The goal of the project is to study the geometry and topology of certain special moduli spaces arising in complex algebraic geometry. Here, "special" means that they may be described as quotients of Hermitian symmetric spaces by discrete groups. (There are surprisingly many examples of these spaces.) The first specific goal is to understand the topology of a large family of these spaces that includes the moduli spaces of polarized smooth K3 surfaces and several other examples arising in singularity theory. By "understand the topology of" we mean that we beleive these spaces have contractible universal covers, and we want to prove this. The idea is to use tools from the theory of negatively-curved metric spaces that generalize the idea of a negatively-curved Riemannian manifold. The second specific goal is to complete a joint project with J. Carlson and D. Toledo, to prove that the moduli space of cubic hypersurfaces in 4-dimensional projective space is isomorphic to a quotient of the complex 10-ball by a certain discrete group. The third specific goal is to close the last open aspect of Hilbert's 14th problem, by showing that there is a representation of the 2-dimensional additive group for which the ring of invariants is not finitely generated.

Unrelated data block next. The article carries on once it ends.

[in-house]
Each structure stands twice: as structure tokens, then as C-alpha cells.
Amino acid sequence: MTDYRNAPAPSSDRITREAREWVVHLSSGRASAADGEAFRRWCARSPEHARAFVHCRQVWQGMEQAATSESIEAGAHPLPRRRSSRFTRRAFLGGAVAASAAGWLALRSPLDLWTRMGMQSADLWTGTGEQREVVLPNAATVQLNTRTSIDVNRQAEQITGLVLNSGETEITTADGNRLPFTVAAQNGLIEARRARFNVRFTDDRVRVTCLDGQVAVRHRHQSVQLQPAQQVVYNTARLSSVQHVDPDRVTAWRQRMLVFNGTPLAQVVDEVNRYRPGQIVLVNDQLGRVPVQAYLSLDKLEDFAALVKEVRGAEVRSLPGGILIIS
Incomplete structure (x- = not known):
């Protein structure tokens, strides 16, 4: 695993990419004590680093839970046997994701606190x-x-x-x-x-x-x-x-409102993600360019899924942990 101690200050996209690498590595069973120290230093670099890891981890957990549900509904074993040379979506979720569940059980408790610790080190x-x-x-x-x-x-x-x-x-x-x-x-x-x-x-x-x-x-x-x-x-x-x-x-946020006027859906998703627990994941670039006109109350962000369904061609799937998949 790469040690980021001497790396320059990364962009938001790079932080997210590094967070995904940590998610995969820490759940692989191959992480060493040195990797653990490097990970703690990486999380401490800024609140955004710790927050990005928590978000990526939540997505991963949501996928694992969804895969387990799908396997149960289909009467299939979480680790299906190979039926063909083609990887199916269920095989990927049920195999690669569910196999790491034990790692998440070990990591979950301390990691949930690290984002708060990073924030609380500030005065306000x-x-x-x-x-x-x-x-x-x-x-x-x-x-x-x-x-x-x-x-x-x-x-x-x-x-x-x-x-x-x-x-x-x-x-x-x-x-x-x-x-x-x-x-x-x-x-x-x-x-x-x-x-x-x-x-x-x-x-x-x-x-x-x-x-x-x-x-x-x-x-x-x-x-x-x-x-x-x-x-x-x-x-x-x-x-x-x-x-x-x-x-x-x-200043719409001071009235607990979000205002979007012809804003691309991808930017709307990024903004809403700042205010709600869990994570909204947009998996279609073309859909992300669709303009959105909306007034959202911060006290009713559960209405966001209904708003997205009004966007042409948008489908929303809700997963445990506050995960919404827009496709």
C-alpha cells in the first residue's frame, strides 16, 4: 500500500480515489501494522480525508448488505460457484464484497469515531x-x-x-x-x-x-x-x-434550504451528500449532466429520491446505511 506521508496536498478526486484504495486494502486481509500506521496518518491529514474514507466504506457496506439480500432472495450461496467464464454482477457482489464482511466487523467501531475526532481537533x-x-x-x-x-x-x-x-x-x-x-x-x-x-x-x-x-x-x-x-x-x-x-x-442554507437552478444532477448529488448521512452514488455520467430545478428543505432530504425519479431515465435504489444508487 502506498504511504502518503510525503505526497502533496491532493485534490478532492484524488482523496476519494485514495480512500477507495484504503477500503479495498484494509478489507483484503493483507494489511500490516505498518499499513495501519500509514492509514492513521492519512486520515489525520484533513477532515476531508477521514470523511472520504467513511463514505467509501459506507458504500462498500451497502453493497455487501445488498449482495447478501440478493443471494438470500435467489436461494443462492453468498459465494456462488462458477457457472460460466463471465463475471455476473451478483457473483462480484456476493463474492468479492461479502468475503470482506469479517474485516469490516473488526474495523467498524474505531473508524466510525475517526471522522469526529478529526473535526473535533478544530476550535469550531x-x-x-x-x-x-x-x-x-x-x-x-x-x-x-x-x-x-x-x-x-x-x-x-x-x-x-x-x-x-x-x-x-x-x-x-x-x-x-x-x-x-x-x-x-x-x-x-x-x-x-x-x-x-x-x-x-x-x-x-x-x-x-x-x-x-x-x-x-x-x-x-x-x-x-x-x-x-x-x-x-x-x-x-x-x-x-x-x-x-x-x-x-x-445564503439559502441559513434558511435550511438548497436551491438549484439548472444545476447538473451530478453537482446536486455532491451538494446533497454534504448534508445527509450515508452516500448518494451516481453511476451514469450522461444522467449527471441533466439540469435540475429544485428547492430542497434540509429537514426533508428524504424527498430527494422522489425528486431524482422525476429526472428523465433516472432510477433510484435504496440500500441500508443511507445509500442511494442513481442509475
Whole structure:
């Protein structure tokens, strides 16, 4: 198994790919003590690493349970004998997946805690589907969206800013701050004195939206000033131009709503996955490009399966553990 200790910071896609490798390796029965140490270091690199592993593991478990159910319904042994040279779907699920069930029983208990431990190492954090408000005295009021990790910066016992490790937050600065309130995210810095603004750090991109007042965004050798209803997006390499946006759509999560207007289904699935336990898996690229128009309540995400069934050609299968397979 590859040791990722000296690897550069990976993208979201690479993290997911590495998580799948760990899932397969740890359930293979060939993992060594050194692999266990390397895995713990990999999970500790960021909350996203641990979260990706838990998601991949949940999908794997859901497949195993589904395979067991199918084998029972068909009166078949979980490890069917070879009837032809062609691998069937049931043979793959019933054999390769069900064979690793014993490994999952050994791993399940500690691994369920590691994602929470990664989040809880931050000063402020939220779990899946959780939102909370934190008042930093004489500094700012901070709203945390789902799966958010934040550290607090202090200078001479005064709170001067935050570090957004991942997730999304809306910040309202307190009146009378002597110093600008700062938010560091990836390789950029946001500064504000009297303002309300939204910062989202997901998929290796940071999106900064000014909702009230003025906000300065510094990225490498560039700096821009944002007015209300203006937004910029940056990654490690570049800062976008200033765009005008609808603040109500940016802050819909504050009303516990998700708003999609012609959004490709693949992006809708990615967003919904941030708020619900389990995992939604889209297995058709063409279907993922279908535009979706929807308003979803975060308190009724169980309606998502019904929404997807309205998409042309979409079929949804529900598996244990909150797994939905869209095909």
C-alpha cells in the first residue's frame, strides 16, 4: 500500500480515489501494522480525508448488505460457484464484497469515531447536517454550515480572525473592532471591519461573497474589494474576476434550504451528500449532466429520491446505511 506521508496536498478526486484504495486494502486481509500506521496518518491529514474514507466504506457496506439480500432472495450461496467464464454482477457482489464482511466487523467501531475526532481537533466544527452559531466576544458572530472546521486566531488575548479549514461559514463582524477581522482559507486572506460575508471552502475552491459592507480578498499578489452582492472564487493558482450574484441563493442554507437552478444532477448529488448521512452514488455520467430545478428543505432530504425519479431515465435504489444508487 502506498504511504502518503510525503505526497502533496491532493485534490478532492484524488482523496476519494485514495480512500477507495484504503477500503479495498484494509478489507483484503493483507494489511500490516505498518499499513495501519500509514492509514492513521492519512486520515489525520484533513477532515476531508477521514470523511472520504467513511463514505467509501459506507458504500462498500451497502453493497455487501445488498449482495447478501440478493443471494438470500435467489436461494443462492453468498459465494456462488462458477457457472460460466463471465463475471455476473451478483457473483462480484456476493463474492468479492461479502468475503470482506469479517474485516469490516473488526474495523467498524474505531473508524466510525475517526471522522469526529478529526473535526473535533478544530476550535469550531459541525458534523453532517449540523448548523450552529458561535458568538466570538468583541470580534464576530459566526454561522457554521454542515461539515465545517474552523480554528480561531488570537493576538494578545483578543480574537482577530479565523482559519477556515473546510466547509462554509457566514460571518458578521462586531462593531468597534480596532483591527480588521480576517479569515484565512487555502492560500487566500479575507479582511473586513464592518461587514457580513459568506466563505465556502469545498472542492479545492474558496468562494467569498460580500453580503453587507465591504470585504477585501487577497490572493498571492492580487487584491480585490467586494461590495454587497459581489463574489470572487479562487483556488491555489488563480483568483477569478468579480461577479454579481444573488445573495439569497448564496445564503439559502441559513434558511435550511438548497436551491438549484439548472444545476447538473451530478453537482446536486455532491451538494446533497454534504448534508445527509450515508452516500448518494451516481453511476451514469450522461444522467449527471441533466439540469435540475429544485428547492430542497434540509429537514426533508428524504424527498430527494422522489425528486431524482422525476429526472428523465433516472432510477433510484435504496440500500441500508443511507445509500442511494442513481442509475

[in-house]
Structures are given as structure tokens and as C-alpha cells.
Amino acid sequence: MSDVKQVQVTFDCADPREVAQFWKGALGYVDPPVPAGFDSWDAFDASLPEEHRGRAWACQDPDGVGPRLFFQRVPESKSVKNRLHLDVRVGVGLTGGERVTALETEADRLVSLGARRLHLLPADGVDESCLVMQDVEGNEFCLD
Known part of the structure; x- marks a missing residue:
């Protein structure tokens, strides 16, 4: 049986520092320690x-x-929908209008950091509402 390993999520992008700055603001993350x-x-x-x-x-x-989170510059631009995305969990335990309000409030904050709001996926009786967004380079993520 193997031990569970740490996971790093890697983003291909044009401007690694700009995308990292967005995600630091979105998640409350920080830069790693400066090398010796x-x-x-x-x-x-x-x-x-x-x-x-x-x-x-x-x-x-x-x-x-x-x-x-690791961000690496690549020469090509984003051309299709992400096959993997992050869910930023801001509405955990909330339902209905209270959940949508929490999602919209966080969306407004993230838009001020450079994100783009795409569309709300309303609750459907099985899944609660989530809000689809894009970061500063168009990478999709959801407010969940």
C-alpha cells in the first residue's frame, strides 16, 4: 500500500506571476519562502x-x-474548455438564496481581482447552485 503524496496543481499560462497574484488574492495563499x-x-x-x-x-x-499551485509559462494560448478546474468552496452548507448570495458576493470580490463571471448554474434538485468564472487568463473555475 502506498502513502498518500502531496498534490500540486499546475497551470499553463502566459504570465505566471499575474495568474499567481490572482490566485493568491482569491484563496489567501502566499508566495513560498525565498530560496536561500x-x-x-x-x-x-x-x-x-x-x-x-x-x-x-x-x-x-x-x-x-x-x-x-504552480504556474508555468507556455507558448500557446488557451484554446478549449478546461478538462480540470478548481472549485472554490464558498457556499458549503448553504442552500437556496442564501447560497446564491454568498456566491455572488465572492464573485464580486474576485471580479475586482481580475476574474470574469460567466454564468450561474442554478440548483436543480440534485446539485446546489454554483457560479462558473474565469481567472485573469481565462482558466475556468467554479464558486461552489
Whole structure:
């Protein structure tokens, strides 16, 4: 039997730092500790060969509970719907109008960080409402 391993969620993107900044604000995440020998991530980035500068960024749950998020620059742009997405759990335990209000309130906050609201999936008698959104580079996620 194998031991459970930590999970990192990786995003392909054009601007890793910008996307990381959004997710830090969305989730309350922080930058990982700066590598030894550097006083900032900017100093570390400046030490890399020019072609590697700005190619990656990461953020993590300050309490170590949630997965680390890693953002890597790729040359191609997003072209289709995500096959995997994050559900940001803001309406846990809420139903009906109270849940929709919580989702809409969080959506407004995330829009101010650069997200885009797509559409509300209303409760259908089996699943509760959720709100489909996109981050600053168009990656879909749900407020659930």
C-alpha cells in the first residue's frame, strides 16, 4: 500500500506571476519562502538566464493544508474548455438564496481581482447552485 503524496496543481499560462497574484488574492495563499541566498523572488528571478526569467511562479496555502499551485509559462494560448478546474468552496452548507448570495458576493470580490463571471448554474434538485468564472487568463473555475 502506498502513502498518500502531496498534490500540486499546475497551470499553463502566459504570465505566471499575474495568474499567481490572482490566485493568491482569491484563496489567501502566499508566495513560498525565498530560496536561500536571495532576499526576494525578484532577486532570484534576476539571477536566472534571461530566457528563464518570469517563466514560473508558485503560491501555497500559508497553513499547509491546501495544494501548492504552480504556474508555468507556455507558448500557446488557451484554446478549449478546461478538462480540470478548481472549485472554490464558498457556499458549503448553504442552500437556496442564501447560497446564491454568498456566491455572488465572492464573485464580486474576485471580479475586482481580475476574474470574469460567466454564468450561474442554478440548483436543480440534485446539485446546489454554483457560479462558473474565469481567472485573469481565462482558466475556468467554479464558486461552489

The project addresses concrete problems in algebraic geometry concerning the classification of various objects like curves and surfaces. Algebraic geometry as a subject deals with curves and surfaces that can be defined by means of equations, and also with higher-dimensional versions of these curves and surfaces. An example giving the flavor of the classification problem is that a circle is essentially the same as an ellipse, because one of them can be got from the other by stretching the plane in one direction. An ellipse is also essentially the same as a parabola, because you can imagine keeping one end of the ellipse fixed and pushing the other off to infinity. You can go even further and push the end off past infinity, so that it reappears on the other side of the plane, and you see a hyperbola. An algebraic geometer expresses these ideas by saying that any two conics are "projectively equivalent". What these shapes all have in common is that they are defined by simple equations--two variables, and only terms of degree two or less. A major part of modern algebraic geometry is studying similar questions but with the number of variables increased, or the complexity of the equations increased to allow higher-degree polynomials. For example, it turns out that not all curves in the plane that are defined by degree three equations are projectively equivalent. The ways in which these curves can differ from each other is very important for many fields of mathematics and even physics. This example was understood in the 19th century, but similar problems remain open. One purpose of the current proposal is to gain an understanding of how the projective equivalence classes of the degree-three "surfaces" in four-dimensional space can vary. We believe that this may be described in a beautiful and surprising way using the unit sphere in 10-dimensional complex space. This result would be similar to a classical result for degree three curves in the plane. We want to prove that our intuition is right. Another problem to address is that of finishing a part of Hilbert's 14th problem, one of the celebrated problems posed by David Hilbert at the beginning of the 20th century.